How does the complexity and number of enrichment stations influence the occurrence and frequency of atypical behaviors in a colony of captive squirrel monkeys (Saimiri sciureus and S. boliviensis)?
Nine captive squirrel monkeys (S. sciureus and S. boliviensis) at a local zoo exhibited some atypical behaviors such as pacing, head twirling, overgrooming of tails, and scratching. Behavioral observations using scan sampling methods were used to measure effectiveness of different types of enrichment devices based on complexity and number in reducing these atypical behaviors. Data was analyzed using factorial analysis of variance (ANOVA) and post hoc fisher LSD tests. The results revealed a pattern in which scratching, overgrooming, watching, and stereotypical behaviors increased prior to the introduction of enrichment. When enrichment was present these behaviors significantly reduced except for aggression which increased. Post enrichment these behaviors including aggression occurred at high levels. Provision of enrichment is more beneficial to the animals than not introducing enrichment at all. Reducing atypical behaviors requires proper implementation and design of the enrichment devices that incorporate adequate complexity such that species specific behaviors are maintained even after extended contact.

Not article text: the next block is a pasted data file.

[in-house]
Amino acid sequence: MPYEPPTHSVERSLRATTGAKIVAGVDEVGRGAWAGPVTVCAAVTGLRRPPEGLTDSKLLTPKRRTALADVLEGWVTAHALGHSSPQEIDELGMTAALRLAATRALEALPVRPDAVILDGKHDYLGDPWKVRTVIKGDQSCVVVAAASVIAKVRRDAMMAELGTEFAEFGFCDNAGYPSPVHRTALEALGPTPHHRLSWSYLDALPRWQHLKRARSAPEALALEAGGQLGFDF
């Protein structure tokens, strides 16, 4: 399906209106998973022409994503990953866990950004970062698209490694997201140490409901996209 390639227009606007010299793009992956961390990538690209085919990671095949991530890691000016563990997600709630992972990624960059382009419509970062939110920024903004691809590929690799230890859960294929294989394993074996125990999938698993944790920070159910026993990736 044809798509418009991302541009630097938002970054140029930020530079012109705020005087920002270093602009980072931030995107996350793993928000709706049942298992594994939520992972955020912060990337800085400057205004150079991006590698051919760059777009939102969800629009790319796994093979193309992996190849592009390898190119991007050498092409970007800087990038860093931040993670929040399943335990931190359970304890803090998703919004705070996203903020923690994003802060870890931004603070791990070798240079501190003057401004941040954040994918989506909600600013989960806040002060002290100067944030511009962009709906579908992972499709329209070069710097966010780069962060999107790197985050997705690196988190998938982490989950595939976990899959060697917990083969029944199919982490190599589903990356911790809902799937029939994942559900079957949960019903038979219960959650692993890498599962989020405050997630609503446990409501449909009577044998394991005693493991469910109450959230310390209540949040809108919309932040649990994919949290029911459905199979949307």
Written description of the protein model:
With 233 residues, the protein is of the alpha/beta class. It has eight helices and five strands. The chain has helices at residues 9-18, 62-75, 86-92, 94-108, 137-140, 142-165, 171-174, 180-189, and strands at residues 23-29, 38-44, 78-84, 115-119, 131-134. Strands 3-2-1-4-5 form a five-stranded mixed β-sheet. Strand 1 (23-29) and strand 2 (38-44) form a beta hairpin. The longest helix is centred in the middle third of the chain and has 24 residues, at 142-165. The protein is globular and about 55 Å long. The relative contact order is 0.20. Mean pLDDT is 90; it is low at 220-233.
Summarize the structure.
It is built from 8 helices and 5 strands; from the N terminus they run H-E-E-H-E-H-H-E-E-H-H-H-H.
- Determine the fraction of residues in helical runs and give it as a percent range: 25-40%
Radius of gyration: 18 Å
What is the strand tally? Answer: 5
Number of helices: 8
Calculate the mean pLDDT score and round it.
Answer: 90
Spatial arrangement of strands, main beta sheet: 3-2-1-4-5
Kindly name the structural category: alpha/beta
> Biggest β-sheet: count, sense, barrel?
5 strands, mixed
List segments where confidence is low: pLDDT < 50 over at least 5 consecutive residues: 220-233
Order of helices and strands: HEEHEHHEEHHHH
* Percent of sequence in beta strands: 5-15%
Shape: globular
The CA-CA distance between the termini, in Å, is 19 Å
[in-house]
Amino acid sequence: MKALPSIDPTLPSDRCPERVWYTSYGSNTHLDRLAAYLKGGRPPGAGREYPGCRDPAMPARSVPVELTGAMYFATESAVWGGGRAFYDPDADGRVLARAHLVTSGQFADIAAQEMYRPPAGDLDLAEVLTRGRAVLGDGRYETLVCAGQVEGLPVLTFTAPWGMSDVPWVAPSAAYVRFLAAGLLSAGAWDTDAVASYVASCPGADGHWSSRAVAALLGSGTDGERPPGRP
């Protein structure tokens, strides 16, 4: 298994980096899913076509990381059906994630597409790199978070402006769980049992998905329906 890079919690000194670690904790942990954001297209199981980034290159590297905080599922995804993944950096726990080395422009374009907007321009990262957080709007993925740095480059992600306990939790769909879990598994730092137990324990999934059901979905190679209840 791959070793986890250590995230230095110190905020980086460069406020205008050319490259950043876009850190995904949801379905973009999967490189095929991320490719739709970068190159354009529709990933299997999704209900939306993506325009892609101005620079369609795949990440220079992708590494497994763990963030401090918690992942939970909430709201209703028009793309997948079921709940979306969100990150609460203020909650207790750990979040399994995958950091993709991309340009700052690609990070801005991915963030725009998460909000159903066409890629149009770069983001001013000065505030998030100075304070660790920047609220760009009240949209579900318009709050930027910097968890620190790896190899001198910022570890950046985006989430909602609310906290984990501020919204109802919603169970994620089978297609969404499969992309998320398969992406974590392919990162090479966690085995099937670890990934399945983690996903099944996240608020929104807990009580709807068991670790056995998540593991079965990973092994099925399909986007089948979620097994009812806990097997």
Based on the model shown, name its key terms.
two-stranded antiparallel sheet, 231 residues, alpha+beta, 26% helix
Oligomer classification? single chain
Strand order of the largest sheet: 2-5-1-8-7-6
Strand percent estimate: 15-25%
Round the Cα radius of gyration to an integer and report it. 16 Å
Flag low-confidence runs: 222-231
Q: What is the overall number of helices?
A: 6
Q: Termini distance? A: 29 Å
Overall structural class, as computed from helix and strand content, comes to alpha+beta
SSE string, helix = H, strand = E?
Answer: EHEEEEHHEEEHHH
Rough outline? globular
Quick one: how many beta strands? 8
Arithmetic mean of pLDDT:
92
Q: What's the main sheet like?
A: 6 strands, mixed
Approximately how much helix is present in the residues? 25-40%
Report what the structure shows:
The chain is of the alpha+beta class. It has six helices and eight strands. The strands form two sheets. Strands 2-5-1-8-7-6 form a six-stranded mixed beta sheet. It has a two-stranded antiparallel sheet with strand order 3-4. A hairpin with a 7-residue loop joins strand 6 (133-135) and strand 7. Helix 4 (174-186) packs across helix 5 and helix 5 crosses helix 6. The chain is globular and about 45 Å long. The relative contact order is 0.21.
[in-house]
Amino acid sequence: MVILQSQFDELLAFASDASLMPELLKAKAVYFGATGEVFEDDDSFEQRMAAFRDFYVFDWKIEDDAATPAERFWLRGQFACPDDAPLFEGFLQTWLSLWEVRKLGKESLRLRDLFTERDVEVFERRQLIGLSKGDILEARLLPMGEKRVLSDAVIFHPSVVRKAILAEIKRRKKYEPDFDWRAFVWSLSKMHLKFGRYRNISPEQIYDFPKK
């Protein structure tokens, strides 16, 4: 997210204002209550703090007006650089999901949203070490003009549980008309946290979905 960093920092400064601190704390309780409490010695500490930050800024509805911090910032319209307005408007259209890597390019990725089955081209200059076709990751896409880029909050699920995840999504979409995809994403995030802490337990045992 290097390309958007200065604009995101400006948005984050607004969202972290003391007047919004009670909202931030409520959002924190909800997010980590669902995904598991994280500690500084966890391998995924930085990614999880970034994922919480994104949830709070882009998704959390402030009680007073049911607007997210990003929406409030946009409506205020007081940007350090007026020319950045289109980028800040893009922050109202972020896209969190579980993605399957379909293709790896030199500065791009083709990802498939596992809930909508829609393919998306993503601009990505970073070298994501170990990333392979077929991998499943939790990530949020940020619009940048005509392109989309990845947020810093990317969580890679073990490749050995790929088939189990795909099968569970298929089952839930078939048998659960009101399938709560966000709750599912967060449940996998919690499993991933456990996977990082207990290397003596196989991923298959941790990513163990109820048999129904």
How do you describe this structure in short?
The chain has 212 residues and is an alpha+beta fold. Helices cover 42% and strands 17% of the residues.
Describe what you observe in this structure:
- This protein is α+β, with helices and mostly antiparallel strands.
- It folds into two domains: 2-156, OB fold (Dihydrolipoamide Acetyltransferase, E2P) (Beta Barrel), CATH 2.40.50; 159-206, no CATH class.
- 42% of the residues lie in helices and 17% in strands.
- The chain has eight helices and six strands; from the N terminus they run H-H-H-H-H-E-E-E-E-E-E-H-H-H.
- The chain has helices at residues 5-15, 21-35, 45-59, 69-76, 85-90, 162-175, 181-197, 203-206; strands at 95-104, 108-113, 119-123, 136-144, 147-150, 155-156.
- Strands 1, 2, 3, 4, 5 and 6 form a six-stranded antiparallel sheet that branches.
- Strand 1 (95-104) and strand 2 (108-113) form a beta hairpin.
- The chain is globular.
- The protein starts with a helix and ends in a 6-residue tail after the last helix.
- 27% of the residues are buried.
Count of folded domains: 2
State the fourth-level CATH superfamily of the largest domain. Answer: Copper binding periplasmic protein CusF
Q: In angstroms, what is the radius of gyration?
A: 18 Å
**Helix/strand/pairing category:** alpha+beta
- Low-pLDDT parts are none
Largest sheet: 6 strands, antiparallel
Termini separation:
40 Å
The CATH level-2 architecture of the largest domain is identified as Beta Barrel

Anatomy & physiology;
0433: Anatomy & physiology
0768: Environmental science